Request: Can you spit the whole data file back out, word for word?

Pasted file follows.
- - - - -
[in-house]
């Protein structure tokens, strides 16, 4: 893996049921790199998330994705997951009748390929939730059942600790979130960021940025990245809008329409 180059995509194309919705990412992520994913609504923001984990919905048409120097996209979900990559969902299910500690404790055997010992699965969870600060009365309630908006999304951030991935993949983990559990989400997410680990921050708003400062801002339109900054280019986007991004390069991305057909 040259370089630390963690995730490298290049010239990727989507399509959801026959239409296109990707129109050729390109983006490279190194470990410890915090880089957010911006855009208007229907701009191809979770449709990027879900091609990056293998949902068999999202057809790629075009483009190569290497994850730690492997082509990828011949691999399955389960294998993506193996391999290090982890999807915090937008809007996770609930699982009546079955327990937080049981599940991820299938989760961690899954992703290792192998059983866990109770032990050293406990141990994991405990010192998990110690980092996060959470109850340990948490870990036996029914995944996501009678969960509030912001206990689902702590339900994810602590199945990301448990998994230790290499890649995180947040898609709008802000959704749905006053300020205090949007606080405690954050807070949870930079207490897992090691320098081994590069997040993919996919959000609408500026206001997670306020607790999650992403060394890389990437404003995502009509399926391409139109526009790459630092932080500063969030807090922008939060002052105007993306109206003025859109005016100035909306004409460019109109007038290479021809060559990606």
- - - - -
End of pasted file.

[in-house]
């Protein structure tokens, strides 16, 4: 893996049921790199998330994705997951009748390929939730059942600790979130960021940025990245809008329409 180059995509194309919705990412992520994913609504923001984990919905048409120097996209979900990559969902299910500690404790055997010992699965969870600060009365309630908006999304951030991935993949983990559990989400997410680990921050708003400062801002339109900054280019986007991004390069991305057909 040259370089630390963690995730490298290049010239990727989507399509959801026959239409296109990707129109050729390109983006490279190194470990410890915090880089957010911006855009208007229907701009191809979770449709990027879900091609990056293998949902068999999202057809790629075009483009190569290497994850730690492997082509990828011949691999399955389960294998993506193996391999290090982890999807915090937008809007996770609930699982009546079955327990937080049981599940991820299938989760961690899954992703290792192998059983866990109770032990050293406990141990994991405990010192998990110690980092996060959470109850340990948490870990036996029914995944996501009678969960509030912001206990689902702590339900994810602590199945990301448990998994230790290499890649995180947040898609709008802000959704749905006053300020205090949007606080405690954050807070949870930079207490897992090691320098081994590069997040993919996919959000609408500026206001997670306020607790999650992403060394890389990437404003995502009509399926391409139109526009790459630092932080500063969030807090922008939060002052105007993306109206003025859109005016100035909306004409460019109109007038290479021809060559990606």